Gold and silver drifted lower this week in moderate volumes for Comex gold and low volumes for silver. This morning in Europe gold traded at $1935, down $29 on the week, and silver was $26.70, down $1.35. This consolidation phase has now lasted nearly a month.
This inflation driven run commenced on 23 March when the Fed, after cutting its funds rate to 0% from 1% the previous week, announced infinite inflation in view of the lockdowns taking place at that time. The five-month run to all-time highs for gold in early August can be viewed as an adjustment in the price to take account of the Fed’s covid-driven monetary policy. The official story, swallowed by the investment community and still being pushed today, is that of a V-shaped recovery once the lockdowns end. Now that businesses and consumers are cautiously emerging from their covid bunkers, precious metals markets are waiting to see if the V-shaped recovery is intact. If not, we can expect a second wave of monetary easing, signalled by Jay Powell in his Jackson Hole speech last week.
The pattern of trading in gold suggests that hedge funds which have been long gold and short dollars have been reversing their trade, having seen the dollar’s trade weighted index slide to a low of 91.75 on Tuesday. This is shown in our next chart.
The dollar’s TWI is at an interesting juncture. The fall from the 23 March peak would have involved hedge funds and other non-bank institutions unwinding positions in the fx swap market, and a few fellow travellers shorting dollars and buying yen or euros to ride the new trend. Conventionally, this leaves dollars oversold and ready for a bounce. Furthermore, there is a pause in the hectic increase seen in money aggregates such as M1.
So far, there is little evidence of foreign selling, which according to US Treasury TIC figures own 20% of all US securities outstanding, and $6.223 trillion bank deposits and short-term bills. But only this morning, China’s state-run Global Times in a front-page article announced China “may reduce its holdings of US Treasury bonds” (selling over $200bn) and might dump them all “as the ballooning US federal deficit increases default risks and the Trump administration continues its blistering attack on China”.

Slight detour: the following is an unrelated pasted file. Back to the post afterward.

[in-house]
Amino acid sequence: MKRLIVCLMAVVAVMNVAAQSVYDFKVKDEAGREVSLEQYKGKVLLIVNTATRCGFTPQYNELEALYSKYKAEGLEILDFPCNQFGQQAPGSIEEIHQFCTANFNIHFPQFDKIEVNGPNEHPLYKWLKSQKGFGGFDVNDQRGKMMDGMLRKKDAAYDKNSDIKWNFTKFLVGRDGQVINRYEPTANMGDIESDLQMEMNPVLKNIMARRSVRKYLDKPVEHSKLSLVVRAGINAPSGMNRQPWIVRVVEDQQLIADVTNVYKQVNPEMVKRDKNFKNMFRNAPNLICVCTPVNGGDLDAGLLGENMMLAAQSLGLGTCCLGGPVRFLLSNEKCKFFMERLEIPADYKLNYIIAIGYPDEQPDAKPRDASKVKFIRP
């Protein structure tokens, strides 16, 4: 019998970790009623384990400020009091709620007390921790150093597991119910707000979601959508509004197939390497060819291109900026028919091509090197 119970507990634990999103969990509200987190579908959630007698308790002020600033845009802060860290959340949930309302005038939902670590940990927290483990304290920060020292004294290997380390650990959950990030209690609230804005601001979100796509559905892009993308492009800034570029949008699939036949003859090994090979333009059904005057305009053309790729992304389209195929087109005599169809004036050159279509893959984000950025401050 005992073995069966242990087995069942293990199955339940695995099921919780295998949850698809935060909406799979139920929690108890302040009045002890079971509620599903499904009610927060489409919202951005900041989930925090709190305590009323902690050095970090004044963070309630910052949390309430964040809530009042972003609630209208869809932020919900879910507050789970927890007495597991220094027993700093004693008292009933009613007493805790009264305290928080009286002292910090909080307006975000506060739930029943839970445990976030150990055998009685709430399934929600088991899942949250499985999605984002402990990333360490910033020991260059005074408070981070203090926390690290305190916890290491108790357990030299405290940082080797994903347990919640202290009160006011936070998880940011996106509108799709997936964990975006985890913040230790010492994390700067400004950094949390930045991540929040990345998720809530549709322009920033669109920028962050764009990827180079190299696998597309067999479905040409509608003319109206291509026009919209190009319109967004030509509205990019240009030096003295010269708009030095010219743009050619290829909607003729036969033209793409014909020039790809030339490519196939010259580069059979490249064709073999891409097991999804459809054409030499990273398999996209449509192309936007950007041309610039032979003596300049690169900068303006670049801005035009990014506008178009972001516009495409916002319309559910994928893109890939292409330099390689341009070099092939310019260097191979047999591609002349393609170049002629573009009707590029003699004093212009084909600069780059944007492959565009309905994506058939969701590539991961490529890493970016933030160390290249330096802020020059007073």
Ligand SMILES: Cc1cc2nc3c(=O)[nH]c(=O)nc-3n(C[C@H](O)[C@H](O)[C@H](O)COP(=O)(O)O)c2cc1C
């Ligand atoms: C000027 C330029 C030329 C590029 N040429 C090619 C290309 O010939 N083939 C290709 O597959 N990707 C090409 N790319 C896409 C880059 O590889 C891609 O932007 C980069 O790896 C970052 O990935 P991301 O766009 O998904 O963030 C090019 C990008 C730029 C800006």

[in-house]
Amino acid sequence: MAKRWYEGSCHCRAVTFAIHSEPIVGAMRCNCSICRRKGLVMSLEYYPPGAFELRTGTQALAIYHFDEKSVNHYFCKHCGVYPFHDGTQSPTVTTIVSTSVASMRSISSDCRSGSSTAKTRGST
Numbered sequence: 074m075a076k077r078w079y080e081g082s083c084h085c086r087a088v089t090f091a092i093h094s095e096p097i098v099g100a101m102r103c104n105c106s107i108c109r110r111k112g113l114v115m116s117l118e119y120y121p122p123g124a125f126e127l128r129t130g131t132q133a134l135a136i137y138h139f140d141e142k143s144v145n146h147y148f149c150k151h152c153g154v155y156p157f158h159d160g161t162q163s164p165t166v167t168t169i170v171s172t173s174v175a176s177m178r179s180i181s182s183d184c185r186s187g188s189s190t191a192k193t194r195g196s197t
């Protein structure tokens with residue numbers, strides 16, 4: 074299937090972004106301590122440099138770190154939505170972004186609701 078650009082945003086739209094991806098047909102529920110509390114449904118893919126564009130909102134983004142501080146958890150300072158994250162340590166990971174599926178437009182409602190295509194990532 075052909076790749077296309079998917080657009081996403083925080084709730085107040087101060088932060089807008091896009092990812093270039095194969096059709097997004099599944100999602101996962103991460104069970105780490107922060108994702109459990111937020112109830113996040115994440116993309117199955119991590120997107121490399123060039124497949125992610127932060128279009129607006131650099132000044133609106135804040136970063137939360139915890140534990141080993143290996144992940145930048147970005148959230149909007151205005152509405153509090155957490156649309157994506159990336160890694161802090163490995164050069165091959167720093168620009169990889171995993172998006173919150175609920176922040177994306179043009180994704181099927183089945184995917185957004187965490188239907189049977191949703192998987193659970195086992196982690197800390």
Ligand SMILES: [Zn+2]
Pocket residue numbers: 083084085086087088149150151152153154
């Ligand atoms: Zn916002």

While this appears for the moment to be a war of words, there can be little doubt that China dumping US Treasuries in this manner, and presumably the dollar with it, will encourage other foreigners, both governments and private sectors, to reduce their exposure to needlessly owned dollars.
In another development, the LBMA and the Bank of England have begun releasing vault data monthly in arrears, as opposed to quarterly. The LBMA claimed it was “Responding to the requirement for increased transparency from the Fair and Effective Markets Review”. If the LBMA really meant it, there is no reason why it would not do as Comex does, report vault holdings daily.
The views and opinions expressed in this article are those of the author(s) and do not reflect those of Goldmoney, unless expressly stated. The article is for general information purposes only and does not constitute either Goldmoney or the author(s) providing you with legal, financial, tax, investment, or accounting advice. You should not act or rely on any information contained in the article without first seeking independent professional advice. Care has been taken to ensure that the information in the article is reliable; however, Goldmoney does not represent that it is accurate, complete, up-to-date and/or to be taken as an indication of future results and it should not be relied upon as such. Goldmoney will not be held responsible for any claim, loss, damage, or inconvenience caused as a result of any information or opinion contained in this article and any action taken as a result of the opinions and information contained in this article is at your own risk.